NOTE: During any pruning take note of the color of the cut surface of the cane. It should be almost white. If the cut surface of the cane (stem) is brown it indicates that the cane has been damaged by the winter, and you need to cut it again a little lower until you find undamaged cane. It takes time for freeze damage to develop so it is possible that some healthy looking canes will need to be pruned again later in the spring. 


'Stormy Weather', LCI Beautiful large flowered climber blooming in candelabra of purple blooms or do you call them mauve?
‘Stormy Weather’, LCI Beautiful large flowered climbing rose bush blooming in candelabra of purple blooms or do you call them mauve?

Climbers need to be pruned differently. If a climber is trained into a horizontal position, as illustrated in the diagram, the only pruning that should be done in the spring is to prune the laterals, the short upright shoots coming from the main canes. These laterals should be reduced in length by pruning such that only two or three bud eyes remain, which is usually about 2-4 inches. An alternate method is to completely remove the laterals. The rose will then produce new laterals from dormant eyes in the main cane. The areas of pruning are marked with slashes on the diagram. Also, any old canes that are detected as being unproductive (no vigorous growth being produced by them in the previous year) should be removed to ground level (the bud union). New canes should be trained by tying them into a horizontal position. Any additional pruning should be done only to shape the bush to fit the style that is desired and to keep it in bounds. Climbers are meant to be large so we leave a lot of healthy wood. 


All A Twitter Re-Potted | Mini Hanging Basket
All A Twitter Re-Potted | Mini Hanging Basket

Miniature roses are pruned in much the same way as hybrid tea roses, just on a smaller scale. Prune healthy canes back to 4 to 8 inches long and remove all the twiggy growth. Miniatures are very vigorous and will respond well to severe pruning by producing a number of new basal breaks, new stems originating from below the ground. You can prune them by shearing them if you like.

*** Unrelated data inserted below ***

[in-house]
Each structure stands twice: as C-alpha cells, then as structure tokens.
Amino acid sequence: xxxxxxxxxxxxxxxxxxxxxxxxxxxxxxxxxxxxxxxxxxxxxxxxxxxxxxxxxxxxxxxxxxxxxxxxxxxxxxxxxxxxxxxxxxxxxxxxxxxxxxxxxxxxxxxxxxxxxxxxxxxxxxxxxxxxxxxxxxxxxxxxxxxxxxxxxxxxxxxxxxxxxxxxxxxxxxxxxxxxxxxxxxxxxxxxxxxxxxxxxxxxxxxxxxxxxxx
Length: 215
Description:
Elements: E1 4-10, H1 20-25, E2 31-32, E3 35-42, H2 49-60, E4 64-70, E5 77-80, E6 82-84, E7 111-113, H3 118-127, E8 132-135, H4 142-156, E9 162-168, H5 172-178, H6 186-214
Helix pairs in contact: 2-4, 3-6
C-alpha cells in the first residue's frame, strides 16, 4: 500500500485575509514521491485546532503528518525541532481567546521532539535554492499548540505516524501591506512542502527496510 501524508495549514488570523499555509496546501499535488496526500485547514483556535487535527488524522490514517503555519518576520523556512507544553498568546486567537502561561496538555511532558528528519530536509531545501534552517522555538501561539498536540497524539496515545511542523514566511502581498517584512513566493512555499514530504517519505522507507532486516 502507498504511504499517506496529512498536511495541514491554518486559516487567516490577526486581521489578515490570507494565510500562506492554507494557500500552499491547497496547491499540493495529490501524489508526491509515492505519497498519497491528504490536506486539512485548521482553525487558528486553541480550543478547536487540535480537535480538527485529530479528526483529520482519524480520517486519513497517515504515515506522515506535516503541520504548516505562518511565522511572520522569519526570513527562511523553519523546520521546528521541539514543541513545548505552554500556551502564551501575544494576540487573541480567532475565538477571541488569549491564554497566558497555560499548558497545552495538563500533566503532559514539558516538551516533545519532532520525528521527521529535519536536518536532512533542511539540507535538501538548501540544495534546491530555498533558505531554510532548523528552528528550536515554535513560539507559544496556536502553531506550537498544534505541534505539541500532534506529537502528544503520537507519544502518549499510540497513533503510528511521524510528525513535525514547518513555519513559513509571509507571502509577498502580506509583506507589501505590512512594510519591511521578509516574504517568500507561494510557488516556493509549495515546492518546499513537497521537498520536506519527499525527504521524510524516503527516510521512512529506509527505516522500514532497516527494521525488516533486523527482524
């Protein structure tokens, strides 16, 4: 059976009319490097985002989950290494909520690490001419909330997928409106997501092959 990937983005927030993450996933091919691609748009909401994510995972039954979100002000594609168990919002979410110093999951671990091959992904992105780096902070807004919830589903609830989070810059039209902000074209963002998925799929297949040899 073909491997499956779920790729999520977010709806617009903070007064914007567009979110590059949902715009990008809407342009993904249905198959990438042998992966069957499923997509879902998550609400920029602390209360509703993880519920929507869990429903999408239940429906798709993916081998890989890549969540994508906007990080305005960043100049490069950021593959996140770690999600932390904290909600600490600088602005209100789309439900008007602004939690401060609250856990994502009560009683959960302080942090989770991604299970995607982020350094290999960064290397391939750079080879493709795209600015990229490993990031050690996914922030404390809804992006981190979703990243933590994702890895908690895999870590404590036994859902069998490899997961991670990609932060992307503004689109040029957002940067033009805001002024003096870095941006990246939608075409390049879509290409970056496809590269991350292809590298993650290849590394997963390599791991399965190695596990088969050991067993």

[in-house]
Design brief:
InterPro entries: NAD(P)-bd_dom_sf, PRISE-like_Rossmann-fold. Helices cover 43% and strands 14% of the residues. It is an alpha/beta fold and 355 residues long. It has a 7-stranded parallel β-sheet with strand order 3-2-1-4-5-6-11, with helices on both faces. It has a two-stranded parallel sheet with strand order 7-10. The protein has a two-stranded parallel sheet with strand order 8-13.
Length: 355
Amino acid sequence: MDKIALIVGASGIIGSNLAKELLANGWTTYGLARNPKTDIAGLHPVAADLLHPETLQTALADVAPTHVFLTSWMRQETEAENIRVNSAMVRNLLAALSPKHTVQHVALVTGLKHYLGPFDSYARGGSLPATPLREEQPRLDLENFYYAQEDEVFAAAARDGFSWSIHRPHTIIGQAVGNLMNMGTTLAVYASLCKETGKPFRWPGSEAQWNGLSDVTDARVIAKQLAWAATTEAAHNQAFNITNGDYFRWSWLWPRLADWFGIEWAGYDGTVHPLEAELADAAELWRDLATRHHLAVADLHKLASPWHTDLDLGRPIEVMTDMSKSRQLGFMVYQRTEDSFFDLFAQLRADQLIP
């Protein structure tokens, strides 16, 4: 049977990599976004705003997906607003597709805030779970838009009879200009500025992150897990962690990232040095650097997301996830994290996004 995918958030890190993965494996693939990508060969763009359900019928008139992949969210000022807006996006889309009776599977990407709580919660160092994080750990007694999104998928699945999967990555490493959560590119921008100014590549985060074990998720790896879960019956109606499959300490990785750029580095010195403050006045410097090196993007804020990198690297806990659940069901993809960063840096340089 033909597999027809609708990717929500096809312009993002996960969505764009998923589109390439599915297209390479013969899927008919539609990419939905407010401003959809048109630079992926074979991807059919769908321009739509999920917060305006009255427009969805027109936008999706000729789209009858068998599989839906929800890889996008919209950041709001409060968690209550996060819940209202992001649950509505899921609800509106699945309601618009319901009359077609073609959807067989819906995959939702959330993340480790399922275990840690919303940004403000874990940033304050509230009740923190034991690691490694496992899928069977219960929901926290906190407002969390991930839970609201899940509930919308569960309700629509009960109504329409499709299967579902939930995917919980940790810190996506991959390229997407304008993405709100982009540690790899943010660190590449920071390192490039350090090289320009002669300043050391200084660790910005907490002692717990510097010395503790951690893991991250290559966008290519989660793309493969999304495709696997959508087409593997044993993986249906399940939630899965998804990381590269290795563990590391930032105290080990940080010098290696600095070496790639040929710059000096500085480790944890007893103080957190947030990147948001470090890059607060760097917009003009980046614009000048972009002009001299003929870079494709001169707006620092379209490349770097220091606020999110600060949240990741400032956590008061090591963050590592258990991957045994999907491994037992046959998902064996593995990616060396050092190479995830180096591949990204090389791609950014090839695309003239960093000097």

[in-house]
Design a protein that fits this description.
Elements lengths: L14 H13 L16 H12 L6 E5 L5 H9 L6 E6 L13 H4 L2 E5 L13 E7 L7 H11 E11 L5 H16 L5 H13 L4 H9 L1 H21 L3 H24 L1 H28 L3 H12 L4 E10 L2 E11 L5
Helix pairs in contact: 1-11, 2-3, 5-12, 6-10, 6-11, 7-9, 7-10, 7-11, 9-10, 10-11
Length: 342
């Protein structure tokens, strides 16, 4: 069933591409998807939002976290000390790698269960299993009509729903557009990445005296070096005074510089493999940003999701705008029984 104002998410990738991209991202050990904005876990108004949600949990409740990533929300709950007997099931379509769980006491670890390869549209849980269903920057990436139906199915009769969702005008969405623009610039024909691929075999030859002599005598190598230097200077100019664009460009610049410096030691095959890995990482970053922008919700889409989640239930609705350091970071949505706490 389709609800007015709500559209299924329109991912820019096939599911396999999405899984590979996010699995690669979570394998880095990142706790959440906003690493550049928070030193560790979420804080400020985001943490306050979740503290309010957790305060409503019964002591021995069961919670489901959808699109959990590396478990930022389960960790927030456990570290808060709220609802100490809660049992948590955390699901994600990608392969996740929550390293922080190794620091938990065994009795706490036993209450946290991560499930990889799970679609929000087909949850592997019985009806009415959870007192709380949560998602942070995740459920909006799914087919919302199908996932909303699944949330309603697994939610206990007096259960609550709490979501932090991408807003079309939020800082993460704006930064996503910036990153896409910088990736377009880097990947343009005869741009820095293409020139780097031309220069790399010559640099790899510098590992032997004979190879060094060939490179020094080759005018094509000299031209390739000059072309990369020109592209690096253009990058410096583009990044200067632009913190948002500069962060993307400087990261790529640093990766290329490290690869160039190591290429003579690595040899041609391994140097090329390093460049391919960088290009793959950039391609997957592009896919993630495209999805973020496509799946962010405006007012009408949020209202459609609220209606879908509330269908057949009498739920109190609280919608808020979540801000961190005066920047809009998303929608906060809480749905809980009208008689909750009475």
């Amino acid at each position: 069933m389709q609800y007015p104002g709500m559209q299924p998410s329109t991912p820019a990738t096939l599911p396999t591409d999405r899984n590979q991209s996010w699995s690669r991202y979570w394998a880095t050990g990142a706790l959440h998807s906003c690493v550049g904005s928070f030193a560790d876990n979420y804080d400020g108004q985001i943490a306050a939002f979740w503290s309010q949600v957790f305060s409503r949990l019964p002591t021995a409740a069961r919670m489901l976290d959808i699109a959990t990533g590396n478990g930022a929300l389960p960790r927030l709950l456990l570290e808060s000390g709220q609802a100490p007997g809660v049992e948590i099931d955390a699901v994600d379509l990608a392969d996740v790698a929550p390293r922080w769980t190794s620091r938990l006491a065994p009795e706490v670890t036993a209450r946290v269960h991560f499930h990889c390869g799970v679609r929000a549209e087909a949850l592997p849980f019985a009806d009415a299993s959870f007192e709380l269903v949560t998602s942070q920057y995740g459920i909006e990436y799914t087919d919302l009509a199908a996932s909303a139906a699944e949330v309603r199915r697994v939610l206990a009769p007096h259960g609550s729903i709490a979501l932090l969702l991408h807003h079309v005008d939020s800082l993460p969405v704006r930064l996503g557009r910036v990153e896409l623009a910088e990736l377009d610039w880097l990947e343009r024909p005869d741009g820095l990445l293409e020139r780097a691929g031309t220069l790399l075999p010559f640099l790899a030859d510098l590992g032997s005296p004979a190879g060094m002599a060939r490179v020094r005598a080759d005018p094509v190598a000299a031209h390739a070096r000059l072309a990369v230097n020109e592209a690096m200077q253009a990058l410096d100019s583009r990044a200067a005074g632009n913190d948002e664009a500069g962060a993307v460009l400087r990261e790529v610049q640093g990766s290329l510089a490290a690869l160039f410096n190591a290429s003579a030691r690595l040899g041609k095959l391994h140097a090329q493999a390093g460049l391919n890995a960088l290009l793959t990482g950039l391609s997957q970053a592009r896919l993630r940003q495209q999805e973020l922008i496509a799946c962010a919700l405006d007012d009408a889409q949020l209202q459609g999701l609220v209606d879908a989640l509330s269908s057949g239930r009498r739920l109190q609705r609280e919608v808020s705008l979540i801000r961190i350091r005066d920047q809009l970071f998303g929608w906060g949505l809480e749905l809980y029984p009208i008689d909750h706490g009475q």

Old Garden Roses | Bloom On Old Wood

At this time, OGR’s and other onetime bloomers should be only lightly pruned to shape and control their size and to remove old unproductive wood. More pruning can be done, but these rose types produce their blooms on old wood and removing additional wood now reduces this year’s blooms. Save any major pruning on these roses until the blooming cycle is completed. 

English Roses | David Austin’s

‘Abraham Darby’ by David Austin Roses

The English (David Austin’s) roses may be pruned like hybrid teas, but using the light to moderate pruning methods. Most of the English roses bloom on new wood, so pruning is done to produce a healthy base that can accommodate the current year’s growth just like HT’s, floribundas etc. Basically, if they grow like a climber, prune them like a climber and if they grow like a hybrid tea rose, prune them like a hybrid tea. I

In summation for any rose plant – remove all parts of the bush that are too small or weak to hold up the growth anticipated for this year and leave as much strong wood as you want, the more you leave the bigger the bush will be and the more flowers you will get. Portland Rose Society

This PORTLAND ROSE SOCIETY GUIDE TO PRUNING ROSES was reprinted with permission from Rich Baer of the PORTLAND ROSE SOCIETY P.O. Box 515 Portland, OR 97207

If you are interested in more information about the PORTLAND ROSE SOCIETY please visit their website www.portlandrosesociety.org for a calendar of events, membership information, upcoming events and about products available for their fundraisers.